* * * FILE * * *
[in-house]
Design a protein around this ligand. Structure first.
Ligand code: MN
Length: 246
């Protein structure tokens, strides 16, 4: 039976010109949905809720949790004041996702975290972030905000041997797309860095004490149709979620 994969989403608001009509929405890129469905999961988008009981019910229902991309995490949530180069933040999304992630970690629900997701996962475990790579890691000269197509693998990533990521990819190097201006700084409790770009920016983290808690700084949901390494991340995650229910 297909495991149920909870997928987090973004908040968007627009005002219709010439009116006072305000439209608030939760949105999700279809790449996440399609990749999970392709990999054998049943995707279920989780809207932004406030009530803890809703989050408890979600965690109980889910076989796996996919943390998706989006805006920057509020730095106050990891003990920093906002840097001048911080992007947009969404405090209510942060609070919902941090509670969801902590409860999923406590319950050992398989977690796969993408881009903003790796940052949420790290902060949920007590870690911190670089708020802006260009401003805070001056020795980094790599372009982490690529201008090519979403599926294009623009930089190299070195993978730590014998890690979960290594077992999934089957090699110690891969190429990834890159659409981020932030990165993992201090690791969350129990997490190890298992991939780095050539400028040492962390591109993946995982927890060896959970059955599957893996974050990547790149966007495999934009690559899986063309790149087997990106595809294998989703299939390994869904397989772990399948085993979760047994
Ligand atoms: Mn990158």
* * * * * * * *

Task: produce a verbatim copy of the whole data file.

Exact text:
[in-house]
Design a protein around this ligand. Structure first.
Ligand code: MN
Length: 246
């Protein structure tokens, strides 16, 4: 039976010109949905809720949790004041996702975290972030905000041997797309860095004490149709979620 994969989403608001009509929405890129469905999961988008009981019910229902991309995490949530180069933040999304992630970690629900997701996962475990790579890691000269197509693998990533990521990819190097201006700084409790770009920016983290808690700084949901390494991340995650229910 297909495991149920909870997928987090973004908040968007627009005002219709010439009116006072305000439209608030939760949105999700279809790449996440399609990749999970392709990999054998049943995707279920989780809207932004406030009530803890809703989050408890979600965690109980889910076989796996996919943390998706989006805006920057509020730095106050990891003990920093906002840097001048911080992007947009969404405090209510942060609070919902941090509670969801902590409860999923406590319950050992398989977690796969993408881009903003790796940052949420790290902060949920007590870690911190670089708020802006260009401003805070001056020795980094790599372009982490690529201008090519979403599926294009623009930089190299070195993978730590014998890690979960290594077992999934089957090699110690891969190429990834890159659409981020932030990165993992201090690791969350129990997490190890298992991939780095050539400028040492962390591109993946995982927890060896959970059955599957893996974050990547790149966007495999934009690559899986063309790149087997990106595809294998989703299939390994869904397989772990399948085993979760047994
Ligand atoms: Mn990158």